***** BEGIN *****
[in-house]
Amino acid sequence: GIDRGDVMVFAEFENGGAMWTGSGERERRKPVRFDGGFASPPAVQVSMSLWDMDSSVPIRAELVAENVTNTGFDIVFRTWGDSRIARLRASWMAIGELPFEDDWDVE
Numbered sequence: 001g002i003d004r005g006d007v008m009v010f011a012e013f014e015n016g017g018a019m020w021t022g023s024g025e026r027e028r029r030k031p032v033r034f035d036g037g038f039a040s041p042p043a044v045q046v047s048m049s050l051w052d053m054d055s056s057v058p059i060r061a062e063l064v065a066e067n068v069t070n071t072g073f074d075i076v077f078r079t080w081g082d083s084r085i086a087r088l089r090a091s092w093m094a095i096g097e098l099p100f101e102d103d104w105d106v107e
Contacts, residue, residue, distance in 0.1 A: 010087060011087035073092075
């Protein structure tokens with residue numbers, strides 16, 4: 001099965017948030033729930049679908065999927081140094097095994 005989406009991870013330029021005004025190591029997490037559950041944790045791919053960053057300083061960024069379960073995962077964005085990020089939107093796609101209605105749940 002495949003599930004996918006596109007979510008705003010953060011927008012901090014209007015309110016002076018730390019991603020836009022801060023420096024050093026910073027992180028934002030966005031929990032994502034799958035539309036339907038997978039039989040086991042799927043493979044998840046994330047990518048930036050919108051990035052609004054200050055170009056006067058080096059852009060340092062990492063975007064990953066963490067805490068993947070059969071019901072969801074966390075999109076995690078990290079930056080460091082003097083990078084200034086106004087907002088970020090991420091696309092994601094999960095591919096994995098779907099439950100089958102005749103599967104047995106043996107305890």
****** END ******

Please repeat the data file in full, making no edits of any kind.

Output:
[in-house]
Amino acid sequence: GIDRGDVMVFAEFENGGAMWTGSGERERRKPVRFDGGFASPPAVQVSMSLWDMDSSVPIRAELVAENVTNTGFDIVFRTWGDSRIARLRASWMAIGELPFEDDWDVE
Numbered sequence: 001g002i003d004r005g006d007v008m009v010f011a012e013f014e015n016g017g018a019m020w021t022g023s024g025e026r027e028r029r030k031p032v033r034f035d036g037g038f039a040s041p042p043a044v045q046v047s048m049s050l051w052d053m054d055s056s057v058p059i060r061a062e063l064v065a066e067n068v069t070n071t072g073f074d075i076v077f078r079t080w081g082d083s084r085i086a087r088l089r090a091s092w093m094a095i096g097e098l099p100f101e102d103d104w105d106v107e
Contacts, residue, residue, distance in 0.1 A: 010087060011087035073092075
């Protein structure tokens with residue numbers, strides 16, 4: 001099965017948030033729930049679908065999927081140094097095994 005989406009991870013330029021005004025190591029997490037559950041944790045791919053960053057300083061960024069379960073995962077964005085990020089939107093796609101209605105749940 002495949003599930004996918006596109007979510008705003010953060011927008012901090014209007015309110016002076018730390019991603020836009022801060023420096024050093026910073027992180028934002030966005031929990032994502034799958035539309036339907038997978039039989040086991042799927043493979044998840046994330047990518048930036050919108051990035052609004054200050055170009056006067058080096059852009060340092062990492063975007064990953066963490067805490068993947070059969071019901072969801074966390075999109076995690078990290079930056080460091082003097083990078084200034086106004087907002088970020090991420091696309092994601094999960095591919096994995098779907099439950100089958102005749103599967104047995106043996107305890």